Sixteen years after Peter Facey and Alex Runswick, of Unlock Democracy campaign group got me invited to a British Embassy Sofia, Burns Night party sponsored by Chivas Regal, I’ve finally been grown up enough to buy my own bottle. I’ve Two in fact, one on offer before New Year in Sainsbury’s in Liverpool and one on offer (good but not as good) in IDEA supermarket in Bujanovac, Serbia (geographically not that far from Sofia, mind the mountains). In fact the other Maxi supermarket had a better offer, but having finally spent my Nectar points on buying the bottle at home (Frances and I had a glass together over Zoom) I just managed to earn some supermarket loyalty card points here as well buy buying whisky. Leek & potato soup, brown bread and butter. Here’s to Rabbie Burns. I still probably prefer the Famous Grouse as a Scotch blend (I don’t have any decent Irish here) but Chivas Regal was very generous that night, and the Croat lads with us on the political workshop took care of the spare bottles. So I should contribute something back to sales.

The Burns Night traditions being promoted by UK Embassies around the World is one of the nice things that they do 🙂. Plus I have a book with great pictures and eccentric text on the North Coast of Scotland 500 route to read by an Englishman and a Welshman, Court & Jones. (Josh Court & Vernon W Jones, married to Macedonian wifes in nearby Skopje).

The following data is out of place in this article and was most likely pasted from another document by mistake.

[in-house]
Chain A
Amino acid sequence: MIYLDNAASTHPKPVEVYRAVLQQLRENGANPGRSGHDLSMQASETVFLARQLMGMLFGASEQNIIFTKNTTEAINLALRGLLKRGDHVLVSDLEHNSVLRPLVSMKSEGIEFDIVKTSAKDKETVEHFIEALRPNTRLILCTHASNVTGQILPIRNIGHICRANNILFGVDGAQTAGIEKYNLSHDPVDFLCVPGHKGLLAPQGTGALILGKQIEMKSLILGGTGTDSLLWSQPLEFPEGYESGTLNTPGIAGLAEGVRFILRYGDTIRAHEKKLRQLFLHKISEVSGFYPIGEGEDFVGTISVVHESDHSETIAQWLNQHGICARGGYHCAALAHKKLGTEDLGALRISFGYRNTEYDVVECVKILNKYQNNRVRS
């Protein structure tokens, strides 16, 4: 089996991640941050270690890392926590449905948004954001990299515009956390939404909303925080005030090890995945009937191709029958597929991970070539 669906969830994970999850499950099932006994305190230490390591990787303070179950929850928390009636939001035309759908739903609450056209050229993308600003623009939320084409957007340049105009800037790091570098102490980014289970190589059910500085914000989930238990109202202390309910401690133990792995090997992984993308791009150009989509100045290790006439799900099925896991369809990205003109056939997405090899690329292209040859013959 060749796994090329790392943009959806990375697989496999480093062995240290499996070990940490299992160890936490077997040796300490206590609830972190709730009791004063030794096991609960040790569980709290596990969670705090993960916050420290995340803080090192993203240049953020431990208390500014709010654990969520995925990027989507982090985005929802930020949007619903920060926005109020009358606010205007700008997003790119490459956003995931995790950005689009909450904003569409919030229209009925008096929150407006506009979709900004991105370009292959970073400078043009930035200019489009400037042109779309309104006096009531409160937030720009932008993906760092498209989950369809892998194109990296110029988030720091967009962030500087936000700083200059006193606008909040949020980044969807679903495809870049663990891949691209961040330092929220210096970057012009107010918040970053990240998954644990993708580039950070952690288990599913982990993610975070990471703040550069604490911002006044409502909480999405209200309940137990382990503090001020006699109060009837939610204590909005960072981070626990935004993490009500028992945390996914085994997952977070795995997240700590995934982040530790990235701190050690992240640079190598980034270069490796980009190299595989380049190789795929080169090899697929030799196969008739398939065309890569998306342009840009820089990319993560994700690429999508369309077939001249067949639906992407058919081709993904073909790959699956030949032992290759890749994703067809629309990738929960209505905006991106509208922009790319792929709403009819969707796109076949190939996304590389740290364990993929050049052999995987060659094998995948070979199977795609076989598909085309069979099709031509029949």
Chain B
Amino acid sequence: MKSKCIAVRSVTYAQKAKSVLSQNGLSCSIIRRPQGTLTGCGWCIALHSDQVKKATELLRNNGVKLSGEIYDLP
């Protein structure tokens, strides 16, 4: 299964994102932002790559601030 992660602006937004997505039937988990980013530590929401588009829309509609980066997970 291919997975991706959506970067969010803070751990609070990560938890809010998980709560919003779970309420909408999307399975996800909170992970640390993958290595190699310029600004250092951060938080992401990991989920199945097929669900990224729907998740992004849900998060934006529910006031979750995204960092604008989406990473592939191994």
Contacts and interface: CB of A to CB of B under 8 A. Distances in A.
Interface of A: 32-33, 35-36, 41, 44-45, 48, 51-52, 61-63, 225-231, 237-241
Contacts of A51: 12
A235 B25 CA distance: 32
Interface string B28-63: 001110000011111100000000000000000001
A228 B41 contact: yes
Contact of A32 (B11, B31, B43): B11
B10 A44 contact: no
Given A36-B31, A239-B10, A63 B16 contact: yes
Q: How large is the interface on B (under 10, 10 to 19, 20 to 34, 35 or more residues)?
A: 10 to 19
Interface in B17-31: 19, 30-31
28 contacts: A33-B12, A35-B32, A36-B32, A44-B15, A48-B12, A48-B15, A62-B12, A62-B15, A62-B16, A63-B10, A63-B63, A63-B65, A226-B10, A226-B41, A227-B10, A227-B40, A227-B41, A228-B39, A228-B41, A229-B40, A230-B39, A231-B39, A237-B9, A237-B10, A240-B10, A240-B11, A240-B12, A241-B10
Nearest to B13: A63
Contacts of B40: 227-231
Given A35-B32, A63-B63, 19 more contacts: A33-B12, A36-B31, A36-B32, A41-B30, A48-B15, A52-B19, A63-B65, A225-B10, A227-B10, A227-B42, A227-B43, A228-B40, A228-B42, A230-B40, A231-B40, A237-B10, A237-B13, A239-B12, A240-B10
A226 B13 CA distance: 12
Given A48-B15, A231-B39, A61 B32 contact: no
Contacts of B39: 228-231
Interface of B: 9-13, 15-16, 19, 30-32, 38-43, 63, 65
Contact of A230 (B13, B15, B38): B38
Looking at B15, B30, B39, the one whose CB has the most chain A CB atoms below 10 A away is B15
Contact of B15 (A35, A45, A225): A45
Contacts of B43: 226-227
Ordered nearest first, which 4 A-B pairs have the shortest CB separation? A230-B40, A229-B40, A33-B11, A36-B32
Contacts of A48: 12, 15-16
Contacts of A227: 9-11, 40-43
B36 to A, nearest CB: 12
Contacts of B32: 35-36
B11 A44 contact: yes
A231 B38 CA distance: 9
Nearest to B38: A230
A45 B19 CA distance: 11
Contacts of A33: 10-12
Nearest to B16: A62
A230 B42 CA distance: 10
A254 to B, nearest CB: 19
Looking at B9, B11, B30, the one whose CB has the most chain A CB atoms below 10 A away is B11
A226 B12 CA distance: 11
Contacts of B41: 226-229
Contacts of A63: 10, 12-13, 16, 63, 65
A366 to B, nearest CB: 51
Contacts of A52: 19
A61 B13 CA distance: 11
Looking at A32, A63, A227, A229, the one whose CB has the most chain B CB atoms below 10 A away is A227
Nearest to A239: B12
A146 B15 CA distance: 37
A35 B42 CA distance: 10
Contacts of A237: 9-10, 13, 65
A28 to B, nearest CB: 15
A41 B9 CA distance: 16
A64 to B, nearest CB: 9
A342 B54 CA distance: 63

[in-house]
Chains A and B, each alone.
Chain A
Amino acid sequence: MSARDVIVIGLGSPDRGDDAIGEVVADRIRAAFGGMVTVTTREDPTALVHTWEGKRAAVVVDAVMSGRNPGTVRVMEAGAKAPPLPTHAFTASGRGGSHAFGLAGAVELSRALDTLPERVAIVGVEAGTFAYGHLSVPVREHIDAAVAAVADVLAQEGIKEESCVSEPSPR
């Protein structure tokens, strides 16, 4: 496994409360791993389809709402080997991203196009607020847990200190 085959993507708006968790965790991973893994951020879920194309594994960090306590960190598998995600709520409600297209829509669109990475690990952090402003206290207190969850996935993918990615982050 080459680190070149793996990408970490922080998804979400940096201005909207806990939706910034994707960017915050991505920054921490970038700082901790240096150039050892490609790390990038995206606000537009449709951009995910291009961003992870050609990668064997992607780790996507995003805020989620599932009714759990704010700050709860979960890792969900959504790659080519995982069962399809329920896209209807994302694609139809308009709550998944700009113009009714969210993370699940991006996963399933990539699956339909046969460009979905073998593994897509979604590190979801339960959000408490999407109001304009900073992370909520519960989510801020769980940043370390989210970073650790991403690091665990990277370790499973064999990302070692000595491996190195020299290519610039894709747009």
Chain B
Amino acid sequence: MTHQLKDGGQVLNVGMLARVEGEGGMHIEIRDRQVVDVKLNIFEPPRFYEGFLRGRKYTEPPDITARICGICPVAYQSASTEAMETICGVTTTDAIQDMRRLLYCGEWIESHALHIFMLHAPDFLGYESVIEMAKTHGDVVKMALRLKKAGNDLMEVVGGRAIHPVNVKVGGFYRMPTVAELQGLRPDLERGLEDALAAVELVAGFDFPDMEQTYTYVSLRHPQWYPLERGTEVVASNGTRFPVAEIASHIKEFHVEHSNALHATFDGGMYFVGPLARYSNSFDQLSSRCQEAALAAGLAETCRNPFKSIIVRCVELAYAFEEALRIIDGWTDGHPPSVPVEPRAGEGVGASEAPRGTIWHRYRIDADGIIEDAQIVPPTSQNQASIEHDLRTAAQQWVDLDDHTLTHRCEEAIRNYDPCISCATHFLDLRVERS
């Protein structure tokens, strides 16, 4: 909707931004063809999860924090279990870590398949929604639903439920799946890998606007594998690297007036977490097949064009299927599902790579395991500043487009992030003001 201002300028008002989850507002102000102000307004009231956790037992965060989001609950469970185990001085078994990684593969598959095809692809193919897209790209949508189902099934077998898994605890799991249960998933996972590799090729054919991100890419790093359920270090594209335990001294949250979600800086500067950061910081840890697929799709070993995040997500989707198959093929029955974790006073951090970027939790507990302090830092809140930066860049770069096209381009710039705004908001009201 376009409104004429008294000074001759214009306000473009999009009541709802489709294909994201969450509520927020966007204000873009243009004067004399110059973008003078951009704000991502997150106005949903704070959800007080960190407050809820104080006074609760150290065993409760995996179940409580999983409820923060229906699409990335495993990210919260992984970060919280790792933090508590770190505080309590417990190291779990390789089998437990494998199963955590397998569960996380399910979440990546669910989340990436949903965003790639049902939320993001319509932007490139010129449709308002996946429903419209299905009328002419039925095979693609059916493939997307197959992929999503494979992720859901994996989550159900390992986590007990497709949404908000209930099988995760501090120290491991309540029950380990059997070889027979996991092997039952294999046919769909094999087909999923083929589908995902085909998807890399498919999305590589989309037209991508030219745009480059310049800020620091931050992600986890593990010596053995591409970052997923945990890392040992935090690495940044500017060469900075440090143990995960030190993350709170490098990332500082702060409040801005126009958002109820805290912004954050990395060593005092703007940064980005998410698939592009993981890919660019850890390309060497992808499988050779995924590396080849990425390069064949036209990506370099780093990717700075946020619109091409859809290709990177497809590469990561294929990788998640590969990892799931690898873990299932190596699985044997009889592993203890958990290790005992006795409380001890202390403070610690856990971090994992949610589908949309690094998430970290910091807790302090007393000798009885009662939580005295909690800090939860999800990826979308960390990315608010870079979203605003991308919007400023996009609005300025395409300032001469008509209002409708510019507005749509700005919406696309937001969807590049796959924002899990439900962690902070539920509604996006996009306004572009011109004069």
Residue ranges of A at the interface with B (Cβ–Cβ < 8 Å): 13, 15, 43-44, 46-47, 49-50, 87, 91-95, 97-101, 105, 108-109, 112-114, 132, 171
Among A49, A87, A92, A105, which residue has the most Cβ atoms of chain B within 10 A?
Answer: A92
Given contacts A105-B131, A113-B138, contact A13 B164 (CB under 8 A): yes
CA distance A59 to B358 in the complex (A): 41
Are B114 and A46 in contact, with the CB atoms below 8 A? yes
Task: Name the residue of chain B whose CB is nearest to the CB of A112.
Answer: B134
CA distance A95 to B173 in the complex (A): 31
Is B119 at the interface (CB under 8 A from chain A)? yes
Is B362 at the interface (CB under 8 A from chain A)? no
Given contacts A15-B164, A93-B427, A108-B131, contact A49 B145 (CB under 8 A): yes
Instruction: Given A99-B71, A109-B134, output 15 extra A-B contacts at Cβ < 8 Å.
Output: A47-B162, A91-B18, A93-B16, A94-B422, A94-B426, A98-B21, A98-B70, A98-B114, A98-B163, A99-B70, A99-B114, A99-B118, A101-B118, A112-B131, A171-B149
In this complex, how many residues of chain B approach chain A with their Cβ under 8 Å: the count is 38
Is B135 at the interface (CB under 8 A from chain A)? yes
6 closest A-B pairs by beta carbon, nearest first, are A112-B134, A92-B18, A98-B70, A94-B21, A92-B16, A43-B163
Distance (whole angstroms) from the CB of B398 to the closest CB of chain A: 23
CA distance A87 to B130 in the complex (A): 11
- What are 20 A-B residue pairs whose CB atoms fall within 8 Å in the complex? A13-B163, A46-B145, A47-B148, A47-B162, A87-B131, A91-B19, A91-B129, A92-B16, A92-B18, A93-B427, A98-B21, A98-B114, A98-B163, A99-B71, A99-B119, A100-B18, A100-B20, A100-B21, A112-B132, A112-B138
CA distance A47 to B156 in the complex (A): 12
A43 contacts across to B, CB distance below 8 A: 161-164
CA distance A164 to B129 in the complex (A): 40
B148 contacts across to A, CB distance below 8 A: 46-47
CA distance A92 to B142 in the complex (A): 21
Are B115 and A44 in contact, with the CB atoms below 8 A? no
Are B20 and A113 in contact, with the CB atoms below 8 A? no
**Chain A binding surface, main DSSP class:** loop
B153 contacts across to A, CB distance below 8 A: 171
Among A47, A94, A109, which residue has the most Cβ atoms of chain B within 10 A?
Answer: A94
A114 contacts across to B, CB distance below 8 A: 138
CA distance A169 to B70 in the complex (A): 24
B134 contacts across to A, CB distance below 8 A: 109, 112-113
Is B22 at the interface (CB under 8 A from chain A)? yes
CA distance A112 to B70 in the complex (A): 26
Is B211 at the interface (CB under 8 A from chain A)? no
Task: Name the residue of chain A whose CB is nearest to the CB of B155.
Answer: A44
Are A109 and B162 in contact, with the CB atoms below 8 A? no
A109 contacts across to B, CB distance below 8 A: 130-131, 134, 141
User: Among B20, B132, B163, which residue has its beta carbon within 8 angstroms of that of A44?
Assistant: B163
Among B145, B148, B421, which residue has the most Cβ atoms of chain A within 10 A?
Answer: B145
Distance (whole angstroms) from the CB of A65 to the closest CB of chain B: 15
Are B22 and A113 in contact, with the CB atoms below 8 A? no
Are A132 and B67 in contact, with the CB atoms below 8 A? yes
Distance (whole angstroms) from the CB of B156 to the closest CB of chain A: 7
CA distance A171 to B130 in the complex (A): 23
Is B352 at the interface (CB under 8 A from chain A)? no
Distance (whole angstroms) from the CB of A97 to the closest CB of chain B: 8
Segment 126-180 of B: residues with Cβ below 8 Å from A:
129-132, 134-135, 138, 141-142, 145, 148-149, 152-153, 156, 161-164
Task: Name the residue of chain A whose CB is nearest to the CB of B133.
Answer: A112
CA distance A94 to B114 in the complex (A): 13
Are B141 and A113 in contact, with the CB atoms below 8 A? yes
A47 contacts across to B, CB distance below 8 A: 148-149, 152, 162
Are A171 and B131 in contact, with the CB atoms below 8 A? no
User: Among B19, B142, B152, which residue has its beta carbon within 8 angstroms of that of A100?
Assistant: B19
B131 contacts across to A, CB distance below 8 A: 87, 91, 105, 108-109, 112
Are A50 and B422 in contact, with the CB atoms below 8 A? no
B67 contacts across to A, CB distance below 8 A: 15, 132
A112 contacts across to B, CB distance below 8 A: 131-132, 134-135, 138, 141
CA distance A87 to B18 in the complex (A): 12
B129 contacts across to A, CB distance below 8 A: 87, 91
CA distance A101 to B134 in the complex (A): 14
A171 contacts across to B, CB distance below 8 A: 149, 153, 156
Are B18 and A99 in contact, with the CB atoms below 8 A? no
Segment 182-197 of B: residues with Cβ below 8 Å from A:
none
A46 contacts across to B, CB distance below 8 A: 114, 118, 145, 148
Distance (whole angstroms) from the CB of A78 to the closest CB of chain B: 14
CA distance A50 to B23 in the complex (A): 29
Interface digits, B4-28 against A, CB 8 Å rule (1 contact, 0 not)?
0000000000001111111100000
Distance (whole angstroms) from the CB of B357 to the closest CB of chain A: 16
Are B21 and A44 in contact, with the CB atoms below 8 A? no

Lightly edited Facebook post from Bujanovac, south Serbia. 25 January. Additional explanation –

The reason a group of British Liberal Democrat and other political activists, and young(ish) political activists from across SE Europe were in Sofia was for a series of workshops on political policy making organised by Unlock Democracy and partners. The lavish Burns Night party was simply a coincidental highlight, the discussions on inclusive policy making was a great antitode to stereotypes meeting brilliant activists who wanted to make their countries better – from Bulgaria, Croatia, Serbia and Macedonia. The British South East Europe forum was sponsored by the British Council.

I liked Sofia and courtesy of my University returned the next year to do some academic research, and then using the Macedonian contact travelled on to Skopje, my first visit to a country where I later worked as an election observer, and now could almost see from my balcony as I am working only thirty kilometres north of the North Macedonia border.